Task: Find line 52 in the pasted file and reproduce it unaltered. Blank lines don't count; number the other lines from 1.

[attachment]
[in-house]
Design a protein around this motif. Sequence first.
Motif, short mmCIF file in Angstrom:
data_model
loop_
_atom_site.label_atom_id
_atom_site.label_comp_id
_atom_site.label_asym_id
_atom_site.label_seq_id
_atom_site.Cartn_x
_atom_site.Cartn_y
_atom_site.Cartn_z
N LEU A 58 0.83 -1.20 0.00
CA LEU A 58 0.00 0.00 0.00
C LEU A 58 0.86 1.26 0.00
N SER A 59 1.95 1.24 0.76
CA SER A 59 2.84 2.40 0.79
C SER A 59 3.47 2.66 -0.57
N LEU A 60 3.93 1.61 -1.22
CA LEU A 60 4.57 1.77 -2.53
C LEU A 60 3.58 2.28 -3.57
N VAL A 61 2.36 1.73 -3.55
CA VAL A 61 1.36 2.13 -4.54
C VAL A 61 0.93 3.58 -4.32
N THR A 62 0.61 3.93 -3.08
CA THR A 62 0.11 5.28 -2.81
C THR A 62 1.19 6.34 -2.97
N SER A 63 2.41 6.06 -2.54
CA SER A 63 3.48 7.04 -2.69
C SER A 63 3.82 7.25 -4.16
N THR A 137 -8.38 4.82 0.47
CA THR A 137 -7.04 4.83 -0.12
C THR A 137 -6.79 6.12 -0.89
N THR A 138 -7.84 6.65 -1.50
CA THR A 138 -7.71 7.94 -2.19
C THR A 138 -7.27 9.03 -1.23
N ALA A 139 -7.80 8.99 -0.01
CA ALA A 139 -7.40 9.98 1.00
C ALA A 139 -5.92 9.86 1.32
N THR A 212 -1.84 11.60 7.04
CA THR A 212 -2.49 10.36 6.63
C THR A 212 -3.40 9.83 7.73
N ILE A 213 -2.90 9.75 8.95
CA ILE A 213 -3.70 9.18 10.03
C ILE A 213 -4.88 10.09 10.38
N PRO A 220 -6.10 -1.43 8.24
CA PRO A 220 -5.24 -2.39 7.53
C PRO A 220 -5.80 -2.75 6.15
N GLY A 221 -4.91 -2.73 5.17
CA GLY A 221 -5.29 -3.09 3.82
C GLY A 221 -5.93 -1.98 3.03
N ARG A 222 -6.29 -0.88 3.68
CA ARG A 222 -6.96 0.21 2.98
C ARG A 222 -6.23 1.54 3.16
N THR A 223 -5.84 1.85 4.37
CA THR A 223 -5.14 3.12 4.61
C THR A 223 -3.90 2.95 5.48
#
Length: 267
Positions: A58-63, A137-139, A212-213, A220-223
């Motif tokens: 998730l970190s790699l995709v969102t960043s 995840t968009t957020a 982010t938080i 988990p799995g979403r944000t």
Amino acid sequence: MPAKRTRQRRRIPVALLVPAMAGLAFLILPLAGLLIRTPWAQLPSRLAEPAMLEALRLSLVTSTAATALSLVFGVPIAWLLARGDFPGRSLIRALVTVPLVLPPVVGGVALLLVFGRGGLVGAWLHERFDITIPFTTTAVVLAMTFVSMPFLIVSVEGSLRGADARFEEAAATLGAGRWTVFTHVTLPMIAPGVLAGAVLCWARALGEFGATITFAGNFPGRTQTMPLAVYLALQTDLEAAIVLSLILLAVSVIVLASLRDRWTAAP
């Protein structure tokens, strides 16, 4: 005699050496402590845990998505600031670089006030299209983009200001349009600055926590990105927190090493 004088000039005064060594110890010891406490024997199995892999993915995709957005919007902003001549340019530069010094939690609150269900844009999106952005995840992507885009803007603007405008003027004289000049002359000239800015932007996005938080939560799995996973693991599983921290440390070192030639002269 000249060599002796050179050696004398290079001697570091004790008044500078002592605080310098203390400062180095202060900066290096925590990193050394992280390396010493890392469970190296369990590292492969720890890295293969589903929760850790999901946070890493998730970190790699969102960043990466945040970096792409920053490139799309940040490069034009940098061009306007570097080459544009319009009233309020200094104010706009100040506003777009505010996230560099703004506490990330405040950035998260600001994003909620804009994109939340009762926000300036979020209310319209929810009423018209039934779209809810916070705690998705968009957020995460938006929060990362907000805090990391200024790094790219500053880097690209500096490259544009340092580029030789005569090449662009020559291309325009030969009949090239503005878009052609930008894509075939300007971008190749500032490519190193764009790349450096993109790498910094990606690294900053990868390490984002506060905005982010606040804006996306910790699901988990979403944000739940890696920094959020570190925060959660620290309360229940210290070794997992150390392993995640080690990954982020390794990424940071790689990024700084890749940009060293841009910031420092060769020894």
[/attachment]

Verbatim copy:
N ARG A 222 -6.29 -0.88 3.68